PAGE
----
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From |
Christopher F Baum <baum@bc.edu> |

To |
statalist@hsphsun2.harvard.edu |

Subject |
st: Fwd: [MEPS-L] Using STATA to adjust for Complex Survey Design - Single PSU issu es--Additional Comments |

Date |
Tue, 11 Oct 2005 14:54:18 -0400 |

An interchange on the MEPS (Medical Expenditure Panel Study) list--- Begin forwarded message:

From: "Rhoades, Jeffrey" <JRhoades@AHRQ.GOV>

Date: October 11, 2005 11:15:07 AM EDT

To: MEPS-L@LIST.AHRQ.GOV

Subject: [MEPS-L] Using STATA to adjust for Complex Survey Design - Single PSU issu es--Additional Comments

Reply-To: AHRQ's question & discussion group regarding MEPS <MEPS- L@LIST.AHRQ.GOV>

1. Page 47 in STATA v9 "Survey Data" manual gives an explanation, including numerical examples from NHANES, of why ignoring strata and/or PSU is really really bad. Even though you can get correct point estimates, the tests, confidence intervals, and standard errors will usualy be wrong. In the NHANES II numerical example in the documentation, ignoring the strata but using weights and PSUs gives standard errors that are 50% too small.

2. Lonely PSUs are a problem in any software but STATA has fewer options than SUDAAN or R. Page 241 in STATA v9 "Survey Data" manual gives an explanation, including numerical example from NHANES, of dealing with single PSUs within strata in the STATA survey functions. The recommendation from the STATA documentation is to collapse strata. This is extremely dangerous when you don't know how the strata are formed.

The best advice is to avoid single PSUs if possible. The most common cause of single PSUs in MEPS is subsetting the data instead of using the subpop function (see page 38). Single PSUs do not naturally occur in the (full) Full Year Files but if you subset you can create a single PSU.

Note that if you are using a MEPS file such an event level file that only has records for individuals with the specific event you should consider linking back to the full year file to get the correct variance structure. You will need to define individuals not in the specific event file as having a zero event as opposed to dropping them. This will produce correct totals but means have a denominator that is the overall population. If you want means conditional on having the event, you will need to use the subpop function but the analysis in the non-event group is non-sensical.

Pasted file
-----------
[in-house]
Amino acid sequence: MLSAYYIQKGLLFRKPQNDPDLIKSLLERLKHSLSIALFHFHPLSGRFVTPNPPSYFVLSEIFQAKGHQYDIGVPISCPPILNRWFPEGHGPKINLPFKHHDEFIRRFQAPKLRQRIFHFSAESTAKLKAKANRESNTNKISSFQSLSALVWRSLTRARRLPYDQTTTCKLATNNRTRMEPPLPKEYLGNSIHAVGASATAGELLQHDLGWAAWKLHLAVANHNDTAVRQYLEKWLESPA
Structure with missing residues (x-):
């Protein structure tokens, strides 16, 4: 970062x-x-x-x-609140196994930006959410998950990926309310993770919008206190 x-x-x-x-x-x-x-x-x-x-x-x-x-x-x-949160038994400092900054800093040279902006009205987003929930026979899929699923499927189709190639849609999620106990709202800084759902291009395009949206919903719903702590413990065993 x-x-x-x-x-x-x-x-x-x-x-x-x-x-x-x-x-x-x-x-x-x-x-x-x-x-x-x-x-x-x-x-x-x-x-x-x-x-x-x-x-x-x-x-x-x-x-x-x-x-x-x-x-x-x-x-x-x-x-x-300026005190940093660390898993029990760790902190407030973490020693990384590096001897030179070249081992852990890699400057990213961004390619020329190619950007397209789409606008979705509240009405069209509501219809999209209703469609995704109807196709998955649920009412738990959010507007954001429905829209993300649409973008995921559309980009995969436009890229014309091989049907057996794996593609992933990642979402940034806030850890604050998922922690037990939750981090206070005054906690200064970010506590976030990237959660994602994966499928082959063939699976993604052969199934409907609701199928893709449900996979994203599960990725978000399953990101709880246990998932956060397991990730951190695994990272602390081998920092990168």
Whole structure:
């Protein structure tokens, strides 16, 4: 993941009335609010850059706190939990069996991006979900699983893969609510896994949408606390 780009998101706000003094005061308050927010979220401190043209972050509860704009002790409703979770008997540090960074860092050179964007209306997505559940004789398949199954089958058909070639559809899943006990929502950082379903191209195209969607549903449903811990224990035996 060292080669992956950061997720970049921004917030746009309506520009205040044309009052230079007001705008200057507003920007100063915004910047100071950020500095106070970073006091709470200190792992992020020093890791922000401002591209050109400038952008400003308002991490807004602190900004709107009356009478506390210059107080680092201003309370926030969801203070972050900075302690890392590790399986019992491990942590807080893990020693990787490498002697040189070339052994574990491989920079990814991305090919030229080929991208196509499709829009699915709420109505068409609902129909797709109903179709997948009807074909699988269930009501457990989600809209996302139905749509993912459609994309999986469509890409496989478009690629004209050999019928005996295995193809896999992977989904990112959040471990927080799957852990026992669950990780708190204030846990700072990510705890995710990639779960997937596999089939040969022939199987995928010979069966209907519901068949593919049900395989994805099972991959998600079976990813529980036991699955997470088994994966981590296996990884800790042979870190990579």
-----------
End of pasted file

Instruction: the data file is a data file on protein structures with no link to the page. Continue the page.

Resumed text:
If there are very many single PSUs it is a very serious problem. You might be able to form BRR replicates but you should seek the advice of a statistician in doing so.

If you have a single PSU due to linking to an external file such as NHIS or some other reason, you should seriously consider switching to SUDAAN (missunit) or R survey ( 'options("survey.lonely.psu")' ).

If you use any of STATA, SUDAAN, or R and decide to collapse strata, consider collapsing strata

a) within the same Census region - this will take a little data dredging to determine

b) of like sampling type, i.e., certainities vs non-certainites - this will definitely take some work

We would appreciate if any of your staff could advise on the issue below. Could you please also post it onto the listserv? Many thanks,

Su-Ying

We are conducting analyses using NHIS and MEPS. We use the survey commands in STATA to adjust for complex survey design and have to decide how to deal with the problem with single psu. We understand that it is important to adjust for all three levels of survey design (weights, PSUs, and strata) in order to obtain correct variance and standard errors. However, we are wondering what the statistical implications are (magnitude and direction of standard errors, in particular) if we only adjust for weights and PSUs but not strata. Per the Stata manual, the variance estimates are based only on computations at the primary sampling-unit level and do not require information about the secondary sampling units. We thus had considered the loss of efficiency without adjusting for strata might have little impact on the variance estimates or standard errors.

We ran bivariates analyses with and without adjusting for strata. For some analyses, results of the Pearson chi-square test were similar. However, for other analyses, results were very different, e.g., analysis without adjusting for strata is not significant (p=0.16) while analysis adjusting for strata is highly significant (p<0.001).

We are wondering whether it has been examined or determined how the results may or may not vary without or without adjusting for strata. Does it depend on the type of analyses (bivaraite or regression), sample size, or sub-group analyses?

We would greatly appreciate your thoughts on this issue.

Su-Ying

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